Depending on your level of skills with the spanners, you might actually be better of replacing the DPF with an OEM unit from a supplier which specialises in “compatible” DPF filters. These often cost less than half that of a dealer supplied unit and could be fitted at home if you’re competent.

With the market for DPFs increasing due to an increased customer base of aging vehicles with DPFs fitted, the cost of DPF replacements is slowing coming down. Is it really worth the hassle, expense, and the police/insurance scrutiny should you be caught with a “modified” DPF on the road?

What would we recommend

Sat here on my high horse, it’s easy to say don’t run the risk of being caught with your DPF illegally removed. It isn’t worth the hassle, risk and expense should you be caught in an unfortunate accident. However, when presented with a bill for £1200 from a dealership or £500 for a DPF removal, I’m not sure I could take the high road on this one.

It’s a tricky situation and whichever road you take you’ll never escape the curse of the DPF whilst you still fill up from the diesel pump.

Let’s here from you!

Have you managed a complete DIY DPF removal, have you been stung with a huge DPF repair bill or been caught out by having your legally removed? Let us know in the comments below

For more information on DPFs you might also like to check out the following pages


Karl is the editor and owner of this glorious website. He currently writes for numerous environmental websites, producing content for the greater good. His experience in graphic design, Wordpress and all things automotive have helped sculpt into its current form from very humble beginnings. He has numerous IT qualifications, a red belt in Taekwondo and likes craft Ales. Get in touch via our Contact Page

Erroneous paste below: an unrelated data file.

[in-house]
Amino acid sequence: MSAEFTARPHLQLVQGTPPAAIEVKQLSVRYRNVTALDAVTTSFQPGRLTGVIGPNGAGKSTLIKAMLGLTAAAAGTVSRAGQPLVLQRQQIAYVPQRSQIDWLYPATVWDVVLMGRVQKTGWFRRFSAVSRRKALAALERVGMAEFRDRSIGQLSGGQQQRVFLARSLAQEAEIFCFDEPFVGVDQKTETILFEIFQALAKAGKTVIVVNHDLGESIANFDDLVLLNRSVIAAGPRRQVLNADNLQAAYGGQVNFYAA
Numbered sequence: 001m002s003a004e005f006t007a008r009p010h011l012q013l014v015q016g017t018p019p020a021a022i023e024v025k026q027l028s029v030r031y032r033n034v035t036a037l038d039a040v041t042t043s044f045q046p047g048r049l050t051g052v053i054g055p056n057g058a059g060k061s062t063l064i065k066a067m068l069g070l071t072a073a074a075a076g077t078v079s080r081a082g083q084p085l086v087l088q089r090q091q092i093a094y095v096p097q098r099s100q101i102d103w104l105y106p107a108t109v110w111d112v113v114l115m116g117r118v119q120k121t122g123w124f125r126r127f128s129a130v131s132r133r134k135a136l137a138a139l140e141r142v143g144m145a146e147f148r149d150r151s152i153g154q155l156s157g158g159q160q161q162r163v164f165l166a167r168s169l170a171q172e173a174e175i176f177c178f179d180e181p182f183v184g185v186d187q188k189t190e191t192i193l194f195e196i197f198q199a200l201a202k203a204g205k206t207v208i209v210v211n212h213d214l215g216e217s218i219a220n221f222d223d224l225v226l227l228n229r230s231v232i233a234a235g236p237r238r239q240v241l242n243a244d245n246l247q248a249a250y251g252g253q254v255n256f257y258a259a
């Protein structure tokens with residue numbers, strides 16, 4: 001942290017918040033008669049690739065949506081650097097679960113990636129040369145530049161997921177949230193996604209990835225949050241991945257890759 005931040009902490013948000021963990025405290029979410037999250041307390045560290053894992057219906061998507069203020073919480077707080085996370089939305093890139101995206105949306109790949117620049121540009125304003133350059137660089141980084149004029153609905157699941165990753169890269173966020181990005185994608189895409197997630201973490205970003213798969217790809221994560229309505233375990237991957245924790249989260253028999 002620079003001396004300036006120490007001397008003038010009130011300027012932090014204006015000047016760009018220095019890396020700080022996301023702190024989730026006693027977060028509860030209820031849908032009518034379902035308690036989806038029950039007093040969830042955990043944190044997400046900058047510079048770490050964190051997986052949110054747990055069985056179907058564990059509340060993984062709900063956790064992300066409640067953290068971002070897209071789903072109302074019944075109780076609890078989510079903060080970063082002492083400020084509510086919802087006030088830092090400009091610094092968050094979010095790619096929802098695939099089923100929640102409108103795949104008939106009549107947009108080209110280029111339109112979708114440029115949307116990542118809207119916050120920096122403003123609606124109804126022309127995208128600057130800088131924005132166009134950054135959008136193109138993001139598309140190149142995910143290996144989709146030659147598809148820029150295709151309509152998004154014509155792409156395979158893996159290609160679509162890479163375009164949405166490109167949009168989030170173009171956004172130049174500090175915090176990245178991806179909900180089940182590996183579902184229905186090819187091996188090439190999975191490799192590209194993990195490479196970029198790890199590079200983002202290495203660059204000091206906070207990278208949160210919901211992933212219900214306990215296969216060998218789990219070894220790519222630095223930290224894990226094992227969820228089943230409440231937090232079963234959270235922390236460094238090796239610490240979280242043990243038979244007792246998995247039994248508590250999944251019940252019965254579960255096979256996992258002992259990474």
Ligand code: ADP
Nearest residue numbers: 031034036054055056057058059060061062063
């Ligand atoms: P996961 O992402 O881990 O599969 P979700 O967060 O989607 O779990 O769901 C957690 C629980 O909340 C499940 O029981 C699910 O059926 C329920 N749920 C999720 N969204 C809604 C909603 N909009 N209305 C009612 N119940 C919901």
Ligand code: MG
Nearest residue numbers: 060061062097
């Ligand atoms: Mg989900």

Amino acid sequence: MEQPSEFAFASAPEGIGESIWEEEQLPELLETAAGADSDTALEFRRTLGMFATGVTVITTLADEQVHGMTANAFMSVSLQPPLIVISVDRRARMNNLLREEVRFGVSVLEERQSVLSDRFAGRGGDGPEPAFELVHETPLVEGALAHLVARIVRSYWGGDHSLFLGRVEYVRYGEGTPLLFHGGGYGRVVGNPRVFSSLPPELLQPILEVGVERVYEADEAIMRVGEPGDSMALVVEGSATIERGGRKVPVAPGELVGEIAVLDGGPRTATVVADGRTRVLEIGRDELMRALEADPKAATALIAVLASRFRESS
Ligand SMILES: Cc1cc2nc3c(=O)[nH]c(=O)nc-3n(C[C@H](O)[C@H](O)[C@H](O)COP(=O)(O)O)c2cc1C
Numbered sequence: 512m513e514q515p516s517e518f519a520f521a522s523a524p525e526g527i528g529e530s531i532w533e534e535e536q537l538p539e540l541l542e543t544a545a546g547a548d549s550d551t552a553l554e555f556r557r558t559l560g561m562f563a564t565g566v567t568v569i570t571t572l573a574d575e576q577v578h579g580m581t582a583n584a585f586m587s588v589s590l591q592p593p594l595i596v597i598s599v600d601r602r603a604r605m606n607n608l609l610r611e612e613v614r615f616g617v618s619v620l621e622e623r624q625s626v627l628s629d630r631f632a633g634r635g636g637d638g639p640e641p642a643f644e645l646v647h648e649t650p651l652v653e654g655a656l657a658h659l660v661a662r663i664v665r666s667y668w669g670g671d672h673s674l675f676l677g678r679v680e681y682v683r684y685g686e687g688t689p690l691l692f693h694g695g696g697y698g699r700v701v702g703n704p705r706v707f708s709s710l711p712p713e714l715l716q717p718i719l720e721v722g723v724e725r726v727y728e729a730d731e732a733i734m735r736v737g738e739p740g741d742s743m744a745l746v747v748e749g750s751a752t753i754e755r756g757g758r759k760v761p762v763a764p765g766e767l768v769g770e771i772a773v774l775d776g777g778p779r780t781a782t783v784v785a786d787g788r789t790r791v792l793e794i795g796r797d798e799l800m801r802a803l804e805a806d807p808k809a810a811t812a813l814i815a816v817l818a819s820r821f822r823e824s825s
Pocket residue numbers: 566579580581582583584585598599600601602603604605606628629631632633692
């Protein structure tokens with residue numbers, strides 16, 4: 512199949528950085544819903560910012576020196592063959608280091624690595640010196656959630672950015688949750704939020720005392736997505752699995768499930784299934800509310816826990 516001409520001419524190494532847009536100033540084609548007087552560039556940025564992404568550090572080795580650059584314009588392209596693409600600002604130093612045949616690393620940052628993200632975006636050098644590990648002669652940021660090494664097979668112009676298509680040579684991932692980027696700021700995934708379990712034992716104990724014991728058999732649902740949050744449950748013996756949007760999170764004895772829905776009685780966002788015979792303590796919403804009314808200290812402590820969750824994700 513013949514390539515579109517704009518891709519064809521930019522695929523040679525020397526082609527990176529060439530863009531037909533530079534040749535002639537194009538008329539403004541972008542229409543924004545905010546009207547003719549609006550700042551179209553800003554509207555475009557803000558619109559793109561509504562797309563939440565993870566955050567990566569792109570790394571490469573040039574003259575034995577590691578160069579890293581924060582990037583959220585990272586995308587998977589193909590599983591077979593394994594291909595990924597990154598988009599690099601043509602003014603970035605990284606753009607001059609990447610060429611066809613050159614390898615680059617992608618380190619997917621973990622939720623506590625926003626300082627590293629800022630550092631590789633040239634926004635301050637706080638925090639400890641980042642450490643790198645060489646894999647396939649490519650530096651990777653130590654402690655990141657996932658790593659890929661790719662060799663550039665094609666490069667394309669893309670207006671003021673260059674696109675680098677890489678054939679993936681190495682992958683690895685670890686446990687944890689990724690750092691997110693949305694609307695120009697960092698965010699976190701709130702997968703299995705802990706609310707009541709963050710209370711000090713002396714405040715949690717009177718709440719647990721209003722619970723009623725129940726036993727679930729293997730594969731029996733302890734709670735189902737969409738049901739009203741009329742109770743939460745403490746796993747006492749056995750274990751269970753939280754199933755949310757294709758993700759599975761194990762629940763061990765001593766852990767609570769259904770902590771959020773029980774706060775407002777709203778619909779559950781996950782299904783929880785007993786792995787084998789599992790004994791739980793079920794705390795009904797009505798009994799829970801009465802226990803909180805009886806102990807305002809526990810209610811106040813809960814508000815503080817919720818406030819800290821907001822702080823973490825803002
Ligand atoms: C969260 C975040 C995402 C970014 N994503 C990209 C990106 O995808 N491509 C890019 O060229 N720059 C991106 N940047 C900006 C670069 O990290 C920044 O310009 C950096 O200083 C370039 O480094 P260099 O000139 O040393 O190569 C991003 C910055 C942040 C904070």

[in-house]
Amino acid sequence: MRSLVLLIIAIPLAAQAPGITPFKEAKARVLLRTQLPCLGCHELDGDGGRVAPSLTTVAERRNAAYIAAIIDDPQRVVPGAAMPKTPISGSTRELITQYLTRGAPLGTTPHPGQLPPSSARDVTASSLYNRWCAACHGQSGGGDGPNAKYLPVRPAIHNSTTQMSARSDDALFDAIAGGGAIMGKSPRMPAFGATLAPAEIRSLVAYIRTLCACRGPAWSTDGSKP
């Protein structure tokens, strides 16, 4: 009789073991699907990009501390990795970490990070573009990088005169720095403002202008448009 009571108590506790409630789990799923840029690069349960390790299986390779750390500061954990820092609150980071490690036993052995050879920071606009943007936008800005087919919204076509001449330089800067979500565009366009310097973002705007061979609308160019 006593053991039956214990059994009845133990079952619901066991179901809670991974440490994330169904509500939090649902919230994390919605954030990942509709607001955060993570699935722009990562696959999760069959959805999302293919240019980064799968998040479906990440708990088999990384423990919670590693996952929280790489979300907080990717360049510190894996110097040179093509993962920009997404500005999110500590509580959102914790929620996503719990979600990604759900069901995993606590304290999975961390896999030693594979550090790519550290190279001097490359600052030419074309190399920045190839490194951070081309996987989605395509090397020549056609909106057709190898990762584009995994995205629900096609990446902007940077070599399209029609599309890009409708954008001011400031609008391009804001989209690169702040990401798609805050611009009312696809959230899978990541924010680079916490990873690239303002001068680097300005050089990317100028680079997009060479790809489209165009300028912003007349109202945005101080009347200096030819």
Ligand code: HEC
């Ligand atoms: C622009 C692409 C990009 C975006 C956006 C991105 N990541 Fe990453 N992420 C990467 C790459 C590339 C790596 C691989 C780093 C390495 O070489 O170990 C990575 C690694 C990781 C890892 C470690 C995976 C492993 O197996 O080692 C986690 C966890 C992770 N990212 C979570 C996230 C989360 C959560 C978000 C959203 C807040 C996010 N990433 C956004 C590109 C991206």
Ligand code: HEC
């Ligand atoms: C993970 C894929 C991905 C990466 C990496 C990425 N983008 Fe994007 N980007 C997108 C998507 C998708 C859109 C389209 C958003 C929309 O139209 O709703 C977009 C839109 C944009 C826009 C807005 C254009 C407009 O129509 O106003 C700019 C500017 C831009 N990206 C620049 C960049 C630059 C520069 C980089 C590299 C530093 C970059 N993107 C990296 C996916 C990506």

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2 comments on “DIY DPF delete / Removal… can you really do it yourself?
  1. Dave says:

    i cut my dpf off with a cutting disk then cut my finger off , the car was ok now its in limp mode and i dont have a finger . so id recommmend gettign it removed by someone who isnt simple like me

  2. Brian Wolfla says:

    Here is one for the readers who most likely have found this to be true..

    Let’s start with first issue where I live they are done with emission testing.

    Regulations via EPA have forbearance of selling products such as a dpf deleted exhaust run with catalytic converter in the states..

    The manufacturers are permitted to sell and ship to their suppliers but in return suppliers of items are unwilling to ship due to strict EPA fines and statutes.

    To me wanting to delete the dpf problematic filter is a legal issue which in my opinion should be contested in state by state matter to allow the common issues to be resolved or rather allow the auto makers to stop the install these dpf filters which again the “soot” would more less settle and have little or no footprint on issue of the global warming. This filter seems to cause more damage than good unless your speaking of the auto makers in my opinion..

    If it’s legal where i live and it’s a state to state law based country, my thought is how is it fair that another states laws impose this ban via the EPA who seems to rule the decision to govern this. Oh the one logical reason I can think of is if I sold my vehicle then the truck was bought from a person who lives in actual banned state then my arguement is then make that person install one to comply.

    That’s my thoughts on the situation with the dpf and banning of them to and through the USA.. This needs to be changed